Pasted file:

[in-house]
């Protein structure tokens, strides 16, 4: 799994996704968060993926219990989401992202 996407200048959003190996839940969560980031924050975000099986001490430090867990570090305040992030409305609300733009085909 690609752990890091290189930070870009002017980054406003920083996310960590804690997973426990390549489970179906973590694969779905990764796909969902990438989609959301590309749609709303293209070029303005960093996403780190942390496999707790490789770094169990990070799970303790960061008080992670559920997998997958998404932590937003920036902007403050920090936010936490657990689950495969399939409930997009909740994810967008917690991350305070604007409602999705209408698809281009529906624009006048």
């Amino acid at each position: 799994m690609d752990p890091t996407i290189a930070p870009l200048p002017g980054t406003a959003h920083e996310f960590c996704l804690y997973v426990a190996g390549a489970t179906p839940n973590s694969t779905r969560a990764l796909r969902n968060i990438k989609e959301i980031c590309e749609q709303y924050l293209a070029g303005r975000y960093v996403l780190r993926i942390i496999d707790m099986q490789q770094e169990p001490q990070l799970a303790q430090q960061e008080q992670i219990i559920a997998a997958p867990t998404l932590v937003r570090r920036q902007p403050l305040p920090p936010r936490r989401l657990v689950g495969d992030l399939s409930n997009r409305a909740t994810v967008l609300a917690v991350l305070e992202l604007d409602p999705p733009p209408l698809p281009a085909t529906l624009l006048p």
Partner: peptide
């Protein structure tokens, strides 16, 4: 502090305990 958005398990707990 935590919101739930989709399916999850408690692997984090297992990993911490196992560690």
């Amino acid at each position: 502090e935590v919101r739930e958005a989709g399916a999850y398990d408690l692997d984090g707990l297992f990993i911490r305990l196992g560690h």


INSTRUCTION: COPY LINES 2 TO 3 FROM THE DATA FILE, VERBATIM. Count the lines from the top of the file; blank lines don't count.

């Protein structure tokens, strides 16, 4: 799994996704968060993926219990989401992202 996407200048959003190996839940969560980031924050975000099986001490430090867990570090305040992030409305609300733009085909 690609752990890091290189930070870009002017980054406003920083996310960590804690997973426990390549489970179906973590694969779905990764796909969902990438989609959301590309749609709303293209070029303005960093996403780190942390496999707790490789770094169990990070799970303790960061008080992670559920997998997958998404932590937003920036902007403050920090936010936490657990689950495969399939409930997009909740994810967008917690991350305070604007409602999705209408698809281009529906624009006048």
């Amino acid at each position: 799994m690609d752990p890091t996407i290189a930070p870009l200048p002017g980054t406003a959003h920083e996310f960590c996704l804690y997973v426990a190996g390549a489970t179906p839940n973590s694969t779905r969560a990764l796909r969902n968060i990438k989609e959301i980031c590309e749609q709303y924050l293209a070029g303005r975000y960093v996403l780190r993926i942390i496999d707790m099986q490789q770094e169990p001490q990070l799970a303790q430090q960061e008080q992670i219990i559920a997998a997958p867990t998404l932590v937003r570090r920036q902007p403050l305040p920090p936010r936490r989401l657990v689950g495969d992030l399939s409930n997009r409305a909740t994810v967008l609300a917690v991350l305070e992202l604007d409602p999705p733009p209408l698809p281009a085909t529906l624009l006048p």